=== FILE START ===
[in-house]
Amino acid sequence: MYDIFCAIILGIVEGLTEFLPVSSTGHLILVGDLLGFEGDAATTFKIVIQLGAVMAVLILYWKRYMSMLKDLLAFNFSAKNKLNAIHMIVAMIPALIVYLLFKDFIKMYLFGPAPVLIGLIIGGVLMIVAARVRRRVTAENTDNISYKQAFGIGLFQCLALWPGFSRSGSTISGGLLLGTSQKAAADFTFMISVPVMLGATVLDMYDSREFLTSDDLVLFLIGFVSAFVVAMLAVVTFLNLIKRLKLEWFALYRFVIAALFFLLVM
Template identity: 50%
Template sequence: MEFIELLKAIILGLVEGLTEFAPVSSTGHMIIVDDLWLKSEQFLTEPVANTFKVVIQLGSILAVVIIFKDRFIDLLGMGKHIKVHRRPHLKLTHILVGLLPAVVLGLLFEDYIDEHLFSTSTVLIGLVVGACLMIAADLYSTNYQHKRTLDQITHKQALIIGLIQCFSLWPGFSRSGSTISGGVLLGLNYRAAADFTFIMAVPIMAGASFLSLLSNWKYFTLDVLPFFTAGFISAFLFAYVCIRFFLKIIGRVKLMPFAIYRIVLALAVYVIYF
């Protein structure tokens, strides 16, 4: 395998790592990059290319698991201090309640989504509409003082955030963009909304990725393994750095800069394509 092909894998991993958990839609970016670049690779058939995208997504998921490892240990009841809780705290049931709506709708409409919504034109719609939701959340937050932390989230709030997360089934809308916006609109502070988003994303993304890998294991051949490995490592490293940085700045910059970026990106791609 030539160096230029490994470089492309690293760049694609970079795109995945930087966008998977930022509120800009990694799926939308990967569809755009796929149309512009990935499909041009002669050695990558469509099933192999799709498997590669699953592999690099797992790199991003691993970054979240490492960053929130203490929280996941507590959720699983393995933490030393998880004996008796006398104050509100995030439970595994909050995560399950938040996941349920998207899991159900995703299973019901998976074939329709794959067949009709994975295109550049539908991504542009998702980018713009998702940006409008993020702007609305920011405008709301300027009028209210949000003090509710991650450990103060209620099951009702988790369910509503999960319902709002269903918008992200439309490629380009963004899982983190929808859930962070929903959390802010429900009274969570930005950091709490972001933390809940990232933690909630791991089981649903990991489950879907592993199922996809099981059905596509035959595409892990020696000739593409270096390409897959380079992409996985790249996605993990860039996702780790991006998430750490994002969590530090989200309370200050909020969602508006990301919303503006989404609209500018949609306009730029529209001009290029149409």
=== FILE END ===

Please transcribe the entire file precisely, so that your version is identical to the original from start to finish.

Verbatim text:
[in-house]
Amino acid sequence: MYDIFCAIILGIVEGLTEFLPVSSTGHLILVGDLLGFEGDAATTFKIVIQLGAVMAVLILYWKRYMSMLKDLLAFNFSAKNKLNAIHMIVAMIPALIVYLLFKDFIKMYLFGPAPVLIGLIIGGVLMIVAARVRRRVTAENTDNISYKQAFGIGLFQCLALWPGFSRSGSTISGGLLLGTSQKAAADFTFMISVPVMLGATVLDMYDSREFLTSDDLVLFLIGFVSAFVVAMLAVVTFLNLIKRLKLEWFALYRFVIAALFFLLVM
Template identity: 50%
Template sequence: MEFIELLKAIILGLVEGLTEFAPVSSTGHMIIVDDLWLKSEQFLTEPVANTFKVVIQLGSILAVVIIFKDRFIDLLGMGKHIKVHRRPHLKLTHILVGLLPAVVLGLLFEDYIDEHLFSTSTVLIGLVVGACLMIAADLYSTNYQHKRTLDQITHKQALIIGLIQCFSLWPGFSRSGSTISGGVLLGLNYRAAADFTFIMAVPIMAGASFLSLLSNWKYFTLDVLPFFTAGFISAFLFAYVCIRFFLKIIGRVKLMPFAIYRIVLALAVYVIYF
């Protein structure tokens, strides 16, 4: 395998790592990059290319698991201090309640989504509409003082955030963009909304990725393994750095800069394509 092909894998991993958990839609970016670049690779058939995208997504998921490892240990009841809780705290049931709506709708409409919504034109719609939701959340937050932390989230709030997360089934809308916006609109502070988003994303993304890998294991051949490995490592490293940085700045910059970026990106791609 030539160096230029490994470089492309690293760049694609970079795109995945930087966008998977930022509120800009990694799926939308990967569809755009796929149309512009990935499909041009002669050695990558469509099933192999799709498997590669699953592999690099797992790199991003691993970054979240490492960053929130203490929280996941507590959720699983393995933490030393998880004996008796006398104050509100995030439970595994909050995560399950938040996941349920998207899991159900995703299973019901998976074939329709794959067949009709994975295109550049539908991504542009998702980018713009998702940006409008993020702007609305920011405008709301300027009028209210949000003090509710991650450990103060209620099951009702988790369910509503999960319902709002269903918008992200439309490629380009963004899982983190929808859930962070929903959390802010429900009274969570930005950091709490972001933390809940990232933690909630791991089981649903990991489950879907592993199922996809099981059905596509035959595409892990020696000739593409270096390409897959380079992409996985790249996605993990860039996702780790991006998430750490994002969590530090989200309370200050909020969602508006990301919303503006989404609209500018949609306009730029529209001009290029149409």